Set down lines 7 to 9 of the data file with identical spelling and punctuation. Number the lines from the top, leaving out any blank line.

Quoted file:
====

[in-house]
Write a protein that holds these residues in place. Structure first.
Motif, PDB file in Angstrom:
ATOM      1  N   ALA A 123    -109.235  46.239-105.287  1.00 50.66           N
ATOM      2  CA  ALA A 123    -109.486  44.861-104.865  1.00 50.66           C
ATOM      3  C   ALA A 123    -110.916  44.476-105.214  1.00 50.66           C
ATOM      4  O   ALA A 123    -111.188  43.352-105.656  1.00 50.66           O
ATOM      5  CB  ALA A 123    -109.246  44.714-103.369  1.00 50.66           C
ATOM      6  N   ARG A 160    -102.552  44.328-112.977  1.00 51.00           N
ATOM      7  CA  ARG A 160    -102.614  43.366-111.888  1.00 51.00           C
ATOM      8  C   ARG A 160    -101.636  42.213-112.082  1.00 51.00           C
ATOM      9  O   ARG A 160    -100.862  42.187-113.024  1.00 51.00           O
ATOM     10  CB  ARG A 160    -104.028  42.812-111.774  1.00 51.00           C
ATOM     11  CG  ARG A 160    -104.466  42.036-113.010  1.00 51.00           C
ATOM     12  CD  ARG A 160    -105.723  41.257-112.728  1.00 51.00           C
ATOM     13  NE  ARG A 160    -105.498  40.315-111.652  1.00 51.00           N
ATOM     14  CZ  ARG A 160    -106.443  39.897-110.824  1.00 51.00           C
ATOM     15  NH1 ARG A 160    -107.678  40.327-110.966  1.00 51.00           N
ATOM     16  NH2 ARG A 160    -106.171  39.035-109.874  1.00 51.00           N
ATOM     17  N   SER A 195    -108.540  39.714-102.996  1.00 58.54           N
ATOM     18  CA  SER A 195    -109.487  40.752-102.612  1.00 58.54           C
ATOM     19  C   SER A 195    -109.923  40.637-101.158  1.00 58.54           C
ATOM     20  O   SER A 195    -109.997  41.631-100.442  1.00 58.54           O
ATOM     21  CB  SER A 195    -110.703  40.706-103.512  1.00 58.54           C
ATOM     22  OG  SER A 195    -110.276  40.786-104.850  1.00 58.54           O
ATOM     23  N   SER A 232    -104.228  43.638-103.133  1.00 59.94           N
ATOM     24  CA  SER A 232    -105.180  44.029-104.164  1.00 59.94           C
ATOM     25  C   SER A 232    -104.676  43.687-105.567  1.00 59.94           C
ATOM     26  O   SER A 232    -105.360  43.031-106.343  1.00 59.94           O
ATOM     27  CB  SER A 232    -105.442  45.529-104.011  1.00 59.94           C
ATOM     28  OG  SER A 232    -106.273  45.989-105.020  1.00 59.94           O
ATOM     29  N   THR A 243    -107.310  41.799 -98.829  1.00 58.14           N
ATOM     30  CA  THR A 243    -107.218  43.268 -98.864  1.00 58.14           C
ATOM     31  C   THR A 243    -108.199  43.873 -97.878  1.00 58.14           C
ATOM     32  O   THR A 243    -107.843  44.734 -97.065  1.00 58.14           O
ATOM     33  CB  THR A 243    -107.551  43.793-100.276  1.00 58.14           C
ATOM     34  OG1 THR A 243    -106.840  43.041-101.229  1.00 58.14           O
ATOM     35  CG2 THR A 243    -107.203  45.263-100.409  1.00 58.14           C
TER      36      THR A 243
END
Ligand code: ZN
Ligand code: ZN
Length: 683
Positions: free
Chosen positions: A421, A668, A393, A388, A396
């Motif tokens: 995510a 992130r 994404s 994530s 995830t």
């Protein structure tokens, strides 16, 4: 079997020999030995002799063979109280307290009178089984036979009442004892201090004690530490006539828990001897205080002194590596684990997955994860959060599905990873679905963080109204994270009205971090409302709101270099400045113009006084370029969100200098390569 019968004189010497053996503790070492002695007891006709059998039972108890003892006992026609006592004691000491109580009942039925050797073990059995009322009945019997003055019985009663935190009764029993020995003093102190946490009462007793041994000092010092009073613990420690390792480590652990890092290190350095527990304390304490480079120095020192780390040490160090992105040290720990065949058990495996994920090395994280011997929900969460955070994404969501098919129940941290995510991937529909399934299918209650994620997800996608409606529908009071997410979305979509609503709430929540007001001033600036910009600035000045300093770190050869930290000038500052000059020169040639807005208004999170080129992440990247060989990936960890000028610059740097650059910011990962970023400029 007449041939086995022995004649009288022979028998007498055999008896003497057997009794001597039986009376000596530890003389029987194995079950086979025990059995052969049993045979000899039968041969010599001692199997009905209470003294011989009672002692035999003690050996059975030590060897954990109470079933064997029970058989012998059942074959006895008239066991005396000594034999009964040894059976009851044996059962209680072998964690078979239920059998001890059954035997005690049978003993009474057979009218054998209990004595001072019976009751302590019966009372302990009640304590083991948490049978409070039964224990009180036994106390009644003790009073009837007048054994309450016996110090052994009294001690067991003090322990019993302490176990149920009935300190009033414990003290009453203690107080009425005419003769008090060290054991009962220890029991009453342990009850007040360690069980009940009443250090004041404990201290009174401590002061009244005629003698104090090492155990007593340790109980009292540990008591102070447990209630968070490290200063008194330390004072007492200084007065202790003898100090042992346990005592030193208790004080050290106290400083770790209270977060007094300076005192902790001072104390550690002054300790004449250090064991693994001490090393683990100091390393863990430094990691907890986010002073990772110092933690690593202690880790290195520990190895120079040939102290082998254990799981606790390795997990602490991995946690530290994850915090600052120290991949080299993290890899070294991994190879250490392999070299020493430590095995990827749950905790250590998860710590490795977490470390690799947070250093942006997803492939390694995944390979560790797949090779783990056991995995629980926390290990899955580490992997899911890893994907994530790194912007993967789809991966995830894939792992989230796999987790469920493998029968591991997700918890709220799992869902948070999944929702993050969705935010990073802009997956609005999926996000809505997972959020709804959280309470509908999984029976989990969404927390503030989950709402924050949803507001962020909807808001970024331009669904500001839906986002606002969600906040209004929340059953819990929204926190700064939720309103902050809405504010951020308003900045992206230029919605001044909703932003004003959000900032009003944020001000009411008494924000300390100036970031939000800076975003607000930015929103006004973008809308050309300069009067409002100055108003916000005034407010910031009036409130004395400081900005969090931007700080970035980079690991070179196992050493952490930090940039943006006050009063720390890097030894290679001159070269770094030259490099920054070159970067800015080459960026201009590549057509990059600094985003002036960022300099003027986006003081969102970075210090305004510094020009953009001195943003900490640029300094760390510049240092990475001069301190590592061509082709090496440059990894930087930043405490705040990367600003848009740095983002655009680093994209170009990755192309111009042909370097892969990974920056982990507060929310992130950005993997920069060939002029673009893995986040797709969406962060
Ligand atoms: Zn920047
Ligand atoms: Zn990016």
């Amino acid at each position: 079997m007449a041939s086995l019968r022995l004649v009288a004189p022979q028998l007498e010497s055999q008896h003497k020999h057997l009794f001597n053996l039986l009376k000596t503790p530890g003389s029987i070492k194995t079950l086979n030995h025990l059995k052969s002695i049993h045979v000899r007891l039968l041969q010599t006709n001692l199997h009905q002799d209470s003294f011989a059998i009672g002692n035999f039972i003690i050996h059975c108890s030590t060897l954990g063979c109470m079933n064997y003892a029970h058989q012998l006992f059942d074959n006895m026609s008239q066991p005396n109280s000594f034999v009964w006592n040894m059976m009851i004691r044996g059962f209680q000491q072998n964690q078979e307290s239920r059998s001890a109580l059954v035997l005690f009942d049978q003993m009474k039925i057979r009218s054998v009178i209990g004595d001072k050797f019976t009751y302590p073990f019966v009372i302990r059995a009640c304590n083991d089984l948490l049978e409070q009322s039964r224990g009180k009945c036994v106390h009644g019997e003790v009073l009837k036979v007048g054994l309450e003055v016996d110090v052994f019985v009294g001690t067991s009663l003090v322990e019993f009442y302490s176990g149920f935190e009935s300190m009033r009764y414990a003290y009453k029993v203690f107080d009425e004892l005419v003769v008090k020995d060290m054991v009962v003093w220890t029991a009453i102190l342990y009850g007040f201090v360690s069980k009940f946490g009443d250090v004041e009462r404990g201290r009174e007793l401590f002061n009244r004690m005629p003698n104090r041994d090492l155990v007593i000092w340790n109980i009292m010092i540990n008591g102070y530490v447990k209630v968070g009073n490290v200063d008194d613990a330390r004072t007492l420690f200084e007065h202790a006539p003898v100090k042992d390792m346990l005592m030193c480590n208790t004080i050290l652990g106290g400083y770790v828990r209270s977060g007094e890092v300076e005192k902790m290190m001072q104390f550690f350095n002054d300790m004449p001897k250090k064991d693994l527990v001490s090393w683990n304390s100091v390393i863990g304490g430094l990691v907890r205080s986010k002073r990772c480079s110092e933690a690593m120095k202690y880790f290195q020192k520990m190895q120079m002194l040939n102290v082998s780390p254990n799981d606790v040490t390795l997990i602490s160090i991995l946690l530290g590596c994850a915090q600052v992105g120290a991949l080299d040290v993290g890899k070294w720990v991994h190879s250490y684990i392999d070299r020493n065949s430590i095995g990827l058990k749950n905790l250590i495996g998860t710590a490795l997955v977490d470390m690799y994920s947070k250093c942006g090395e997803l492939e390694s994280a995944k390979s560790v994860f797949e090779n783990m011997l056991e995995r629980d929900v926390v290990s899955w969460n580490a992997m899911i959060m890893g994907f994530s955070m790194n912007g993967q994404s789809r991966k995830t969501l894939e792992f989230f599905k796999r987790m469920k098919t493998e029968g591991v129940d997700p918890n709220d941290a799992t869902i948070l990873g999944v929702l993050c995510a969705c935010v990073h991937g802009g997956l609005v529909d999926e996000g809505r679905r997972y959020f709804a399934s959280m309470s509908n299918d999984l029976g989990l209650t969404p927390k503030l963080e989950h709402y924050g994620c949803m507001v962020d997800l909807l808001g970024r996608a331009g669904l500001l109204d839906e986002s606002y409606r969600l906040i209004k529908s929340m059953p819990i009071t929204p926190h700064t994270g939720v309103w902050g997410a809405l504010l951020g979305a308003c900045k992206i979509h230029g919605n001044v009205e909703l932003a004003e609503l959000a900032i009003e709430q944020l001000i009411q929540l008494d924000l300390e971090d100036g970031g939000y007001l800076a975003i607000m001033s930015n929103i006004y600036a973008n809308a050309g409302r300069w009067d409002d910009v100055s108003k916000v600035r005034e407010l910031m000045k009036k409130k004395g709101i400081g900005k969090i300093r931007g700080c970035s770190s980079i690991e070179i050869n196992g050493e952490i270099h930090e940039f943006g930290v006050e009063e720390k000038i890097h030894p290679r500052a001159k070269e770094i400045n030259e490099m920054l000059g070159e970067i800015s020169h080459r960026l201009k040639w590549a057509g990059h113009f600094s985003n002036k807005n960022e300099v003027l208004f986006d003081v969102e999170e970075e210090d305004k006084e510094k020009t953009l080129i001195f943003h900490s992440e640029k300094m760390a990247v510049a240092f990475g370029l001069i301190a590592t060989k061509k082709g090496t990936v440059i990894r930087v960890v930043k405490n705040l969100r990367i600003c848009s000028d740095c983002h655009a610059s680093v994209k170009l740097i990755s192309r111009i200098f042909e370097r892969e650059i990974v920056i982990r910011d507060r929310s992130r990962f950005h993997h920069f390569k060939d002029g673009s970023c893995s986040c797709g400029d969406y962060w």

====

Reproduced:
ATOM      4  O   ALA A 123    -111.188  43.352-105.656  1.00 50.66           O
ATOM      5  CB  ALA A 123    -109.246  44.714-103.369  1.00 50.66           C
ATOM      6  N   ARG A 160    -102.552  44.328-112.977  1.00 51.00           N